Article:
Underglaze Color Chart

Here’s a picture of the Underglaze Color Chart at Your Creation Station.

The Underglaze Color Chart at Your Creation Station. Each tile has three stripes, roughly equal to one, two or three coats, to show how the color becomes less translucent the thicker it is applied.. Click on the chart to open the full sized image in a new window.

The tiles are grouped by color with warm yellows, oranges and reds on the left, cooler purples and blues in the middle followed by the greens, and neutrals all the way to the right. The number in the top right corner of each tile indicates the product number for that underglaze. We use that number to identify exactly which color we want to use. Click on the image for full sized view.

New Colors Available

On election day, 2020 Duncan Enterprises was bought by Mayco Colors and the Duncan Concepts Underglaze and specialty glaze lines, the paints we used at Your Creation Station, were discontinued. From a pottery perspective, this was like Apple buying Google and then stopping production of Android phones. As the Duncan colors eventually sold out, Your Creation Station made the switch and while we still have some of the old colors and glazes left, we’re mostly all switched over.

Translucent Colors

All of the colors in this particular line of underglazes are translucent and become more opaque the thicker they are applied. Looking at each tile individually, you’ll notice each has three stripes. From top to bottom, each stripe is about equal to one, two and three coats. Where the glaze is thinner on the top, you can see the color of the bisque showing through as well as the brush marks in the underglaze. As the underglaze gets thicker, the brush marks tend to be less noticeable and less of the bisque is visible.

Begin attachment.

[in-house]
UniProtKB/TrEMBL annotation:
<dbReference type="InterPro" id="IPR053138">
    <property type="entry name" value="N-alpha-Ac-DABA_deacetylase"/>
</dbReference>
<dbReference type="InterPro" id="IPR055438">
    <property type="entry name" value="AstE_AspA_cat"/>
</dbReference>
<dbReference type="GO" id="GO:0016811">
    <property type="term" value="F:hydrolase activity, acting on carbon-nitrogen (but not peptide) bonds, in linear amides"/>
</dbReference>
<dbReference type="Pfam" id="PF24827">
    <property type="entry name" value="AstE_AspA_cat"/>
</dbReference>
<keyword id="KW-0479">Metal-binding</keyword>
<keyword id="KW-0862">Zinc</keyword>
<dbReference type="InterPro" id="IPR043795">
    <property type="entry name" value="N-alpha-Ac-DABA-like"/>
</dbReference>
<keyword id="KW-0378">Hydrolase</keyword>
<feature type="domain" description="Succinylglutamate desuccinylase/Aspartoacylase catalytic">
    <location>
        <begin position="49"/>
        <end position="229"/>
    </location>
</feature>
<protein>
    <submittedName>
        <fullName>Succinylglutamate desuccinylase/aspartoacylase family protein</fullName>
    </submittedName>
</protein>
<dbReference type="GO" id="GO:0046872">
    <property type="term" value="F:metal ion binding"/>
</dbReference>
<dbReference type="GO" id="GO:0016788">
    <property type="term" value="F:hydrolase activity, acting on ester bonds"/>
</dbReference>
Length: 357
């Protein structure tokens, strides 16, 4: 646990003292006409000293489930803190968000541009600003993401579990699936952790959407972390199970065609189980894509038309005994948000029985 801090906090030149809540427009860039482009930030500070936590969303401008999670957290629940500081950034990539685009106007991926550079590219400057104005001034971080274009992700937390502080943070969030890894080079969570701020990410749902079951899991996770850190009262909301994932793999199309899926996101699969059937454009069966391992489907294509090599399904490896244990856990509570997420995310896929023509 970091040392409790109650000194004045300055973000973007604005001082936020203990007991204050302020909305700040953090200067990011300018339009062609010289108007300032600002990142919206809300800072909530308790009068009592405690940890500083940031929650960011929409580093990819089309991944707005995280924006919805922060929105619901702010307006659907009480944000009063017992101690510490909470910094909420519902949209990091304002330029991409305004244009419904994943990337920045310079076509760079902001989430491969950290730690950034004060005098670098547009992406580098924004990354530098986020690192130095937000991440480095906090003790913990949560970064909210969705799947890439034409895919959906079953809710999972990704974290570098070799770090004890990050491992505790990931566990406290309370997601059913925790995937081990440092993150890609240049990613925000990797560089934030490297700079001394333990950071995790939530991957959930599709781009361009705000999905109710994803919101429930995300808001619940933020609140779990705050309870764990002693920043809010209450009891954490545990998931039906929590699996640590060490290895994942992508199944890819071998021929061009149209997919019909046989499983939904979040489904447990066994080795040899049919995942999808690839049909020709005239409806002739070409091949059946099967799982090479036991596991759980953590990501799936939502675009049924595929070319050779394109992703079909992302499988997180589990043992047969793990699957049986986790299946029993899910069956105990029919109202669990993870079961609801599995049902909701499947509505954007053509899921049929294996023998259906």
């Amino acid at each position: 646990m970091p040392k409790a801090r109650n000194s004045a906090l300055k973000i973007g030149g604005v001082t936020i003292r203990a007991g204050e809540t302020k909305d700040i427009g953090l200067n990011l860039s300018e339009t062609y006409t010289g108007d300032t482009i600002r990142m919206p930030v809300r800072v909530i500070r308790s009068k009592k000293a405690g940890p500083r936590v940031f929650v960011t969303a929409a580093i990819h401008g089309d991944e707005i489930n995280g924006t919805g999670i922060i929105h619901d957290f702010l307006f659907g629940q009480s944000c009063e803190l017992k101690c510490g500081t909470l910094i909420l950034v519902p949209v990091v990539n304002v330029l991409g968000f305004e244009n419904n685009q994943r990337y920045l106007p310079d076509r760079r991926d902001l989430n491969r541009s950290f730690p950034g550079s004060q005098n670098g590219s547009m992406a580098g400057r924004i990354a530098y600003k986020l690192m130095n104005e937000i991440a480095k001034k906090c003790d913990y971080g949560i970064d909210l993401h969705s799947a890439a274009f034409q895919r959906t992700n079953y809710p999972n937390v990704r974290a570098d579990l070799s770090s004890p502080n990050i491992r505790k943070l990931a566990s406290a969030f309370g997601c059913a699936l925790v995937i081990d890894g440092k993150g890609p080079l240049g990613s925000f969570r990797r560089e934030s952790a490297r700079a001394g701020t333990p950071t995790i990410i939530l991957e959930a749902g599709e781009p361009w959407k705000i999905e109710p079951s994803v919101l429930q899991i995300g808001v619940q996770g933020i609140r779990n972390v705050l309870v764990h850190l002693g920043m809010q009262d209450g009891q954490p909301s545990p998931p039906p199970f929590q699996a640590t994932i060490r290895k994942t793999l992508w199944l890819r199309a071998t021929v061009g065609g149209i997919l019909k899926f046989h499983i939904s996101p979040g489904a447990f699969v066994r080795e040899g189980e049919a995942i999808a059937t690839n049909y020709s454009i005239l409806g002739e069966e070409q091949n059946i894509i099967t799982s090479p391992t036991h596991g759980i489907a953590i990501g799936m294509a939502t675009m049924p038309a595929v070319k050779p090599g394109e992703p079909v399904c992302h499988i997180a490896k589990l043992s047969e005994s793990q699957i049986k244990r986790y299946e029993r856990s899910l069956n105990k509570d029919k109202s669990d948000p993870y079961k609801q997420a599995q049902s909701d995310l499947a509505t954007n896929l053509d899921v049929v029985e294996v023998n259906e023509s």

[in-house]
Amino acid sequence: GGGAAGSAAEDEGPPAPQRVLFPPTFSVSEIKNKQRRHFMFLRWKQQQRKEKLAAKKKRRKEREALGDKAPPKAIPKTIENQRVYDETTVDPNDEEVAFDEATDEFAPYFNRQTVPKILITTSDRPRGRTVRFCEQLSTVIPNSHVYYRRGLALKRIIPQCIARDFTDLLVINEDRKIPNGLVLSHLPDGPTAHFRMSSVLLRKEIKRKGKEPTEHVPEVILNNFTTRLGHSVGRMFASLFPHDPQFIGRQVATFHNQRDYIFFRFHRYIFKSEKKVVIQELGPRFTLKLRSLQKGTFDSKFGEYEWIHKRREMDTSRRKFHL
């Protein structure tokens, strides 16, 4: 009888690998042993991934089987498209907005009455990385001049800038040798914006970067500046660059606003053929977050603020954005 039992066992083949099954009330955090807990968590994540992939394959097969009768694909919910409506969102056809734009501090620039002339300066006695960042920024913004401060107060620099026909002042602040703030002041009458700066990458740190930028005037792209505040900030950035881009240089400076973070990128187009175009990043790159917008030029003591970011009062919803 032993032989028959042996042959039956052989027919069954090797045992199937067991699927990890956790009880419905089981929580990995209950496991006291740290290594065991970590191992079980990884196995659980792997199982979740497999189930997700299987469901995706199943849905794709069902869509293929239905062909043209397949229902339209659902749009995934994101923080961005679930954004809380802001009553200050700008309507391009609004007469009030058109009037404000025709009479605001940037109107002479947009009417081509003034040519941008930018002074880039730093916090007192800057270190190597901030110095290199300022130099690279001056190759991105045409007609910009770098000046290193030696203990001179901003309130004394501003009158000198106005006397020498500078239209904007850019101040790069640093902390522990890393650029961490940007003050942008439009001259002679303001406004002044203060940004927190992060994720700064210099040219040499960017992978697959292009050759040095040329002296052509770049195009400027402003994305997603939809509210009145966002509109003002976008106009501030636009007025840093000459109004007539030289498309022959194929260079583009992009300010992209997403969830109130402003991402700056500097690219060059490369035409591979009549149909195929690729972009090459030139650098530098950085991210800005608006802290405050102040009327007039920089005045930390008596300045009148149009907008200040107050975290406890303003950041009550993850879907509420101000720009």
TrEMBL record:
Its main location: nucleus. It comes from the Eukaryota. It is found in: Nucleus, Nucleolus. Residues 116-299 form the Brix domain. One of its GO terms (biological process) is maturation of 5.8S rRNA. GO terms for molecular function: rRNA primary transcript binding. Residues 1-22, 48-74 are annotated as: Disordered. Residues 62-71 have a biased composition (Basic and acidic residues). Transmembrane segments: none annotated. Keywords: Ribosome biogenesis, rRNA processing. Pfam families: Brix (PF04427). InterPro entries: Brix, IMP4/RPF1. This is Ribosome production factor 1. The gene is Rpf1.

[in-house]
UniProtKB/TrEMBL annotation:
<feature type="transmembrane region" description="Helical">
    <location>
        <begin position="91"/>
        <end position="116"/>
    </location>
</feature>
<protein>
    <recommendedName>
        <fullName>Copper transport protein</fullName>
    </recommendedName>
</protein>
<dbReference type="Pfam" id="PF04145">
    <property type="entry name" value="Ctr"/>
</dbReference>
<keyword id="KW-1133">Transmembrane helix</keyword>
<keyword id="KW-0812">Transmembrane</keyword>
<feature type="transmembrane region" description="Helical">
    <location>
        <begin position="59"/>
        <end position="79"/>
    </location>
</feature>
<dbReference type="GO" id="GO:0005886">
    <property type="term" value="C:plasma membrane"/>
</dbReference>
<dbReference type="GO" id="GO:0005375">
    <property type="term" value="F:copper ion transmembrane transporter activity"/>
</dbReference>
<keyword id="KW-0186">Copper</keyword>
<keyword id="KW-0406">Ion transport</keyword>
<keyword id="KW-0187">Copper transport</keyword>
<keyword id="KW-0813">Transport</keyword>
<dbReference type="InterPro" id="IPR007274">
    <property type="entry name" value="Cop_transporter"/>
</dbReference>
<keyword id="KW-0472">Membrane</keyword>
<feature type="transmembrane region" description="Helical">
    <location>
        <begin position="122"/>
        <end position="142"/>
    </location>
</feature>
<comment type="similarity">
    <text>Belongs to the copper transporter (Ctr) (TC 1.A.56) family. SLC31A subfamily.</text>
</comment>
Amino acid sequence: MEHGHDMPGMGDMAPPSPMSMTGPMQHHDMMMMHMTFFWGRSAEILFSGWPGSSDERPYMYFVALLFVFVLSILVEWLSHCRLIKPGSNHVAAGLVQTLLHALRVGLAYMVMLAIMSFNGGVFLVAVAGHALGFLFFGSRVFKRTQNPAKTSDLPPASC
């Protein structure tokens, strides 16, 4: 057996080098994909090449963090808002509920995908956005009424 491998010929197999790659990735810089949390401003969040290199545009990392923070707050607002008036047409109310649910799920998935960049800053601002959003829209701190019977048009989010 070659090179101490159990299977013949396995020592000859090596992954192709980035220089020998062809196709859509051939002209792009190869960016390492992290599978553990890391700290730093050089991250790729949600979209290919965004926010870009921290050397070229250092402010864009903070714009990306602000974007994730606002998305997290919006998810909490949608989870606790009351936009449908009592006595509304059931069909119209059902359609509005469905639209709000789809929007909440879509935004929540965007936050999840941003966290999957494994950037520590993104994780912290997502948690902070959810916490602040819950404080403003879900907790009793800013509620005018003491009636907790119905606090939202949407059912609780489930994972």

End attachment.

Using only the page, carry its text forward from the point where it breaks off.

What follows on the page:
Work In Layers

The key to getting the look you want is to remember you are applying the material in layers and you need to allow one layer to dry before applying the next. Remember these colors aren’t like acrylic paints, the underglaze is made up of tiny particles floating in water and the bisque is very porous, like a sponge. The bisque absorbs the water from the underglaze leaving it where you painted. Painting more while the layer is still wet actually removes more glaze than it puts on. Its OK to paint one color on top of another but remember the colors are translucent. Its easier to cover a lighter color with a darker color than the other way around.

Dry Between Layers

Small Hands Drying a Giraffe Bank
Use the cool or low setting on the hairdryer to keep from drying to fast.

It doesn’t take long for the underglaze to dry enough to touch, in fact, once the initial sheen disappears, you can touch the piece without worrying about the underglaze coming off. At this point, if its your first coat, you can probably start the next coat without too much trouble. However, the more you paint, the longer it will take for the underglaze to completely dry, remember the bisque is like a sponge and it will hold the water and dry slowly. If you don’t want to wait for the piece to dry by itself, you can put it out in the sun or use a hair dryer. If you do use a hairdryer, use the low setting, sometimes cracks appear in the underglaze if you dry them too fast.

Work Area and Clean Up

You can paint your pottery with these underglazes almost anywhere. You can work at the kitchen table, on newspaper or not. Our underglazes clean up easily with a water and a sponge. They don’t stain and come out of hair, clothes and skin easily. If fact, if you get some on your shirt, you’ll be able to brush most of it away once it dries. The underglaze will be more difficult to clean on more porous surfaces, like untreated wood. In our studio we work on laminate top tables from the old Howard Johnson’s in Dover. We use a big grout sponge to wipe the big stuff off the table before going back with spray cleaner and a clean paper towel to get up the remaining dust.